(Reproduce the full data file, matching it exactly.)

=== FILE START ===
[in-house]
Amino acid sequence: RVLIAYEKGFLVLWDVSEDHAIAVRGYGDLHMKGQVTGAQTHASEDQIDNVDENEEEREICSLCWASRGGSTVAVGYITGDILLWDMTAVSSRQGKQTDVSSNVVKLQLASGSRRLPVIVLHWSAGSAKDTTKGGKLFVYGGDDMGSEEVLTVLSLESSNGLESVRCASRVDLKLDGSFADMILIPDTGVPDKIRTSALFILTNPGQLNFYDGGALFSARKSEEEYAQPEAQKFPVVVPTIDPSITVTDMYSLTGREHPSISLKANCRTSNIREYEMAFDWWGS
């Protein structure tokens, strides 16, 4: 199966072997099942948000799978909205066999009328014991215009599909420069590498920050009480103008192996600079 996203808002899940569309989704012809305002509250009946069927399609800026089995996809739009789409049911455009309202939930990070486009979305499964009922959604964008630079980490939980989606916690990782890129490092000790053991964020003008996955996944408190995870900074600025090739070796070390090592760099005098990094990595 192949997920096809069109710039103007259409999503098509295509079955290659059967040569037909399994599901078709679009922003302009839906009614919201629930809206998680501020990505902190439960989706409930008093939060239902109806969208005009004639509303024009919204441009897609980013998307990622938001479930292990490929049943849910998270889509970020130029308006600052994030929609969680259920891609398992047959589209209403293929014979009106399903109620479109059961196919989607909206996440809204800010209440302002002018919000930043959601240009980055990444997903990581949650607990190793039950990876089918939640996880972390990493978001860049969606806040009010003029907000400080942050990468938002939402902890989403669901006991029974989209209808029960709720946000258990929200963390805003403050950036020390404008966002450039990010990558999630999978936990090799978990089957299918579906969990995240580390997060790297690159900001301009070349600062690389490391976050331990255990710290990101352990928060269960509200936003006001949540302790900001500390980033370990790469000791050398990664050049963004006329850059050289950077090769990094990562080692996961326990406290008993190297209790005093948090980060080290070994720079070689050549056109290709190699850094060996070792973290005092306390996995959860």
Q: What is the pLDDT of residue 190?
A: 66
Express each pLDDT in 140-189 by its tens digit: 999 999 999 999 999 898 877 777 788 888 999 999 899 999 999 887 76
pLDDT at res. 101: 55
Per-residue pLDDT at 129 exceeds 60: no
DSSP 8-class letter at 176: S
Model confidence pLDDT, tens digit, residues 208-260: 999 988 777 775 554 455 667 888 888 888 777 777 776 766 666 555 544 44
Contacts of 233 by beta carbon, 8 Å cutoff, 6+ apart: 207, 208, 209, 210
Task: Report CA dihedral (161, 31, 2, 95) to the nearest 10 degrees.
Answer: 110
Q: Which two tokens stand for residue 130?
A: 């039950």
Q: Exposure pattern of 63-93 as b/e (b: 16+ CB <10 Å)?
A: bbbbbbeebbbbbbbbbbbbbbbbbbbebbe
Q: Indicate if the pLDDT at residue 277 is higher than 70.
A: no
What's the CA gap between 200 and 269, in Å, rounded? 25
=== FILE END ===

[in-house]
Amino acid sequence: RVLIAYEKGFLVLWDVSEDHAIAVRGYGDLHMKGQVTGAQTHASEDQIDNVDENEEEREICSLCWASRGGSTVAVGYITGDILLWDMTAVSSRQGKQTDVSSNVVKLQLASGSRRLPVIVLHWSAGSAKDTTKGGKLFVYGGDDMGSEEVLTVLSLESSNGLESVRCASRVDLKLDGSFADMILIPDTGVPDKIRTSALFILTNPGQLNFYDGGALFSARKSEEEYAQPEAQKFPVVVPTIDPSITVTDMYSLTGREHPSISLKANCRTSNIREYEMAFDWWGS
């Protein structure tokens, strides 16, 4: 199966072997099942948000799978909205066999009328014991215009599909420069590498920050009480103008192996600079 996203808002899940569309989704012809305002509250009946069927399609800026089995996809739009789409049911455009309202939930990070486009979305499964009922959604964008630079980490939980989606916690990782890129490092000790053991964020003008996955996944408190995870900074600025090739070796070390090592760099005098990094990595 192949997920096809069109710039103007259409999503098509295509079955290659059967040569037909399994599901078709679009922003302009839906009614919201629930809206998680501020990505902190439960989706409930008093939060239902109806969208005009004639509303024009919204441009897609980013998307990622938001479930292990490929049943849910998270889509970020130029308006600052994030929609969680259920891609398992047959589209209403293929014979009106399903109620479109059961196919989607909206996440809204800010209440302002002018919000930043959601240009980055990444997903990581949650607990190793039950990876089918939640996880972390990493978001860049969606806040009010003029907000400080942050990468938002939402902890989403669901006991029974989209209808029960709720946000258990929200963390805003403050950036020390404008966002450039990010990558999630999978936990090799978990089957299918579906969990995240580390997060790297690159900001301009070349600062690389490391976050331990255990710290990101352990928060269960509200936003006001949540302790900001500390980033370990790469000791050398990664050049963004006329850059050289950077090769990094990562080692996961326990406290008993190297209790005093948090980060080290070994720079070689050549056109290709190699850094060996070792973290005092306390996995959860």
Q: What is the pLDDT of residue 190?
A: 66
Express each pLDDT in 140-189 by its tens digit: 999 999 999 999 999 898 877 777 788 888 999 999 899 999 999 887 76
pLDDT at res. 101: 55
Per-residue pLDDT at 129 exceeds 60: no
DSSP 8-class letter at 176: S
Model confidence pLDDT, tens digit, residues 208-260: 999 988 777 775 554 455 667 888 888 888 777 777 776 766 666 555 544 44
Contacts of 233 by beta carbon, 8 Å cutoff, 6+ apart: 207, 208, 209, 210
Task: Report CA dihedral (161, 31, 2, 95) to the nearest 10 degrees.
Answer: 110
Q: Which two tokens stand for residue 130?
A: 């039950």
Q: Exposure pattern of 63-93 as b/e (b: 16+ CB <10 Å)?
A: bbbbbbeebbbbbbbbbbbbbbbbbbbebbe
Q: Indicate if the pLDDT at residue 277 is higher than 70.
A: no
What's the CA gap between 200 and 269, in Å, rounded? 25